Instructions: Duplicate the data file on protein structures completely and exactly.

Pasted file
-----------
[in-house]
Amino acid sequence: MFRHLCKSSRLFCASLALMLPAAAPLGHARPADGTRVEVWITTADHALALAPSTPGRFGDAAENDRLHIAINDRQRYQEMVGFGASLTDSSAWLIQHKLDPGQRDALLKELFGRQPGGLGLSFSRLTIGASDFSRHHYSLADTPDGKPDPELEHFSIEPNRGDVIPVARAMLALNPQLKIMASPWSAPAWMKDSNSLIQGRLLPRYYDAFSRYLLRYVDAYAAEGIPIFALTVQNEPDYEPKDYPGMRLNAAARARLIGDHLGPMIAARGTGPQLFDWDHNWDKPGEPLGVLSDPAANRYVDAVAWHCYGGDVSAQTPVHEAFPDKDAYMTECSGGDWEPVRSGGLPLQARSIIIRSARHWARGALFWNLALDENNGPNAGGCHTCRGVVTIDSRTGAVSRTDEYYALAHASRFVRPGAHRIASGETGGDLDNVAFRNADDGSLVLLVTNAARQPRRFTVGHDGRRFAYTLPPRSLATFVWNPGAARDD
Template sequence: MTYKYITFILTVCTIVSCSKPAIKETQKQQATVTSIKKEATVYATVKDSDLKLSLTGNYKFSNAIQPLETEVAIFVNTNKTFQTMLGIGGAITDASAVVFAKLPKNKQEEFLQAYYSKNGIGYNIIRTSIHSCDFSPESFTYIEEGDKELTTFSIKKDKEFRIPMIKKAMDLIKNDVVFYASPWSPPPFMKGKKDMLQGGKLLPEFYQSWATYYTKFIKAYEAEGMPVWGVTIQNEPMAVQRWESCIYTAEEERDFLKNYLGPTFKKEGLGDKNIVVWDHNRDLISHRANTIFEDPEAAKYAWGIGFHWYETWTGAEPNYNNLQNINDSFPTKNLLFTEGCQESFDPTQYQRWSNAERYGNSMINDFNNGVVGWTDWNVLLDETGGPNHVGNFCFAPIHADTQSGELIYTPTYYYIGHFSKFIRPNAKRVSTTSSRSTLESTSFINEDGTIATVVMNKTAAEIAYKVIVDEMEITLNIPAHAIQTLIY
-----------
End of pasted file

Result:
[in-house]
Amino acid sequence: MFRHLCKSSRLFCASLALMLPAAAPLGHARPADGTRVEVWITTADHALALAPSTPGRFGDAAENDRLHIAINDRQRYQEMVGFGASLTDSSAWLIQHKLDPGQRDALLKELFGRQPGGLGLSFSRLTIGASDFSRHHYSLADTPDGKPDPELEHFSIEPNRGDVIPVARAMLALNPQLKIMASPWSAPAWMKDSNSLIQGRLLPRYYDAFSRYLLRYVDAYAAEGIPIFALTVQNEPDYEPKDYPGMRLNAAARARLIGDHLGPMIAARGTGPQLFDWDHNWDKPGEPLGVLSDPAANRYVDAVAWHCYGGDVSAQTPVHEAFPDKDAYMTECSGGDWEPVRSGGLPLQARSIIIRSARHWARGALFWNLALDENNGPNAGGCHTCRGVVTIDSRTGAVSRTDEYYALAHASRFVRPGAHRIASGETGGDLDNVAFRNADDGSLVLLVTNAARQPRRFTVGHDGRRFAYTLPPRSLATFVWNPGAARDD
Template sequence: MTYKYITFILTVCTIVSCSKPAIKETQKQQATVTSIKKEATVYATVKDSDLKLSLTGNYKFSNAIQPLETEVAIFVNTNKTFQTMLGIGGAITDASAVVFAKLPKNKQEEFLQAYYSKNGIGYNIIRTSIHSCDFSPESFTYIEEGDKELTTFSIKKDKEFRIPMIKKAMDLIKNDVVFYASPWSPPPFMKGKKDMLQGGKLLPEFYQSWATYYTKFIKAYEAEGMPVWGVTIQNEPMAVQRWESCIYTAEEERDFLKNYLGPTFKKEGLGDKNIVVWDHNRDLISHRANTIFEDPEAAKYAWGIGFHWYETWTGAEPNYNNLQNINDSFPTKNLLFTEGCQESFDPTQYQRWSNAERYGNSMINDFNNGVVGWTDWNVLLDETGGPNHVGNFCFAPIHADTQSGELIYTPTYYYIGHFSKFIRPNAKRVSTTSSRSTLESTSFINEDGTIATVVMNKTAAEIAYKVIVDEMEITLNIPAHAIQTLIY